The sky was overcast as the four cars pulled into the driveway of Joyce Ruddock’s beach house on Saturday afternoon in late August.
We – and by that I mean the members of the LTC Executive Study Council – had driven to the beach from downtown Providence, R.I., where we were holding our summer meeting. Joyce and Charlie, her husband, had invited us to an afternoon cocktail party so we could see their new home.
The council is a group of 20 women who are leaders in the LTC industry. We have been meeting twice a year for 12 years. Joyce was a founding member.
Earlier that day, in our morning meeting, Joyce had shared with us how every cancer treatment tried so far had failed. Yet, she was incredibly optimistic, exclaiming the benefits of a new macrobiotic diet that she was embracing and how she hoped this would make a difference. We were all inspired by her positive “I’m not going to give up the battle” attitude.
Yet, in retrospect, we should have not been surprised by her incredibly positive attitude. Her optimism was an integral part of who she was. It encompassed her vision for the LTC industry, her corporate career and even her own personal life.
Nothing was out of bounds with Joyce, in both her thinking and intellectual approach.
Her accomplishments in our industry were huge. For years in our meetings, she had discussed her vision of LTC Partnership plans on a national level. Knowing her determination and her ability to always have her eye on the big picture and what was important, none of us doubted her ability to make Partnership a reality.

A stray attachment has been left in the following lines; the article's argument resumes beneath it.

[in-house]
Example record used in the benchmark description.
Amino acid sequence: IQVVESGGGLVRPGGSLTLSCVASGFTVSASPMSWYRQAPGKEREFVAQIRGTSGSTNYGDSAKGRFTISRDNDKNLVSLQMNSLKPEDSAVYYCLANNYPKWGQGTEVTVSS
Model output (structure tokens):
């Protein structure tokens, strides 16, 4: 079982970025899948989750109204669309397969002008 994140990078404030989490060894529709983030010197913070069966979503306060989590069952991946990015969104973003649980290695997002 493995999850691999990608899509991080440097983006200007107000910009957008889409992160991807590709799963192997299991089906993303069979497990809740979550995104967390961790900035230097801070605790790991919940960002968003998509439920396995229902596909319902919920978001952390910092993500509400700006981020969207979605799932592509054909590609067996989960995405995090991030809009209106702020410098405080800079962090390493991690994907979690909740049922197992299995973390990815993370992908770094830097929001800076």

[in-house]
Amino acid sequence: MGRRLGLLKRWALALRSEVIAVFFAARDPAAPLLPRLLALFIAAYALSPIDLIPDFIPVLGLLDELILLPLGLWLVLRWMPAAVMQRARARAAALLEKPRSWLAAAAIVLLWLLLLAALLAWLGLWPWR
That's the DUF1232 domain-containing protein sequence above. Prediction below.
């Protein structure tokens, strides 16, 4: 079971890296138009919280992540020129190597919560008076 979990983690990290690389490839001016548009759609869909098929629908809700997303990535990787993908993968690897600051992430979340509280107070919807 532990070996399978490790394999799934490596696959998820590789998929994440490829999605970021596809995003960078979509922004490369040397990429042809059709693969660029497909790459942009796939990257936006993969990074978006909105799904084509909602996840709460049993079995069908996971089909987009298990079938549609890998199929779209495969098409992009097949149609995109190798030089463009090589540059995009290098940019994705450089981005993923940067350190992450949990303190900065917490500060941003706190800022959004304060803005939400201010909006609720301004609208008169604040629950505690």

Joyce’s connection to LTC was not just insurance but encompassed her desire, mission and a passion to make the lives of our aging community more dignified and honored.
The fact that she has left us at such a young age – 58 – is a cruel irony.
She provided the same kind of visionary leadership in her corporate management positions. She started at Travelers, where some of us first met her, moved to MetLife, then to United HealthCare, and finally to LifePlans as CEO. She led with compassion, vision and creativity. She frequently mentioned how important it was to motivate her employees to delivering the best they could.
Even in her own personal life, Joyce knew what she wanted. I remember her sharing the story about being on the corporate management track; and, after she turned 30, she realized that she had forgotten to get married. And so entered Charlie, her beloved husband.
In addition to considering Joyce a friend, we all admired her. She was warm, kind, graceful, tough under fire and mostly so intelligent.
She approached her cancer with the same optimism. She was fighting on but at peace with wherever that journey took her. I keep recalling her telling us in Providence what a wonderful gift her father gave her in his peaceful death and that she was not afraid. I did not want to imagine that she was facing it so soon herself, but she did truly seem at peace with whatever time she had. She was a wonderful example of how to live and die with dignity, perspective and grace.
At the beach house, hours later we piled back into the car to return to the hotel. The sun was starting to set as Joyce stood on the porch waving goodbye. The farewell hugs were casual, because none of us really believed it would be the last time we would see her.
Joyce, we will miss you.
P. S. Thank you to the many Executive Study Council members who sent their thoughts and words of wisdom to help us share our vision of Joyce.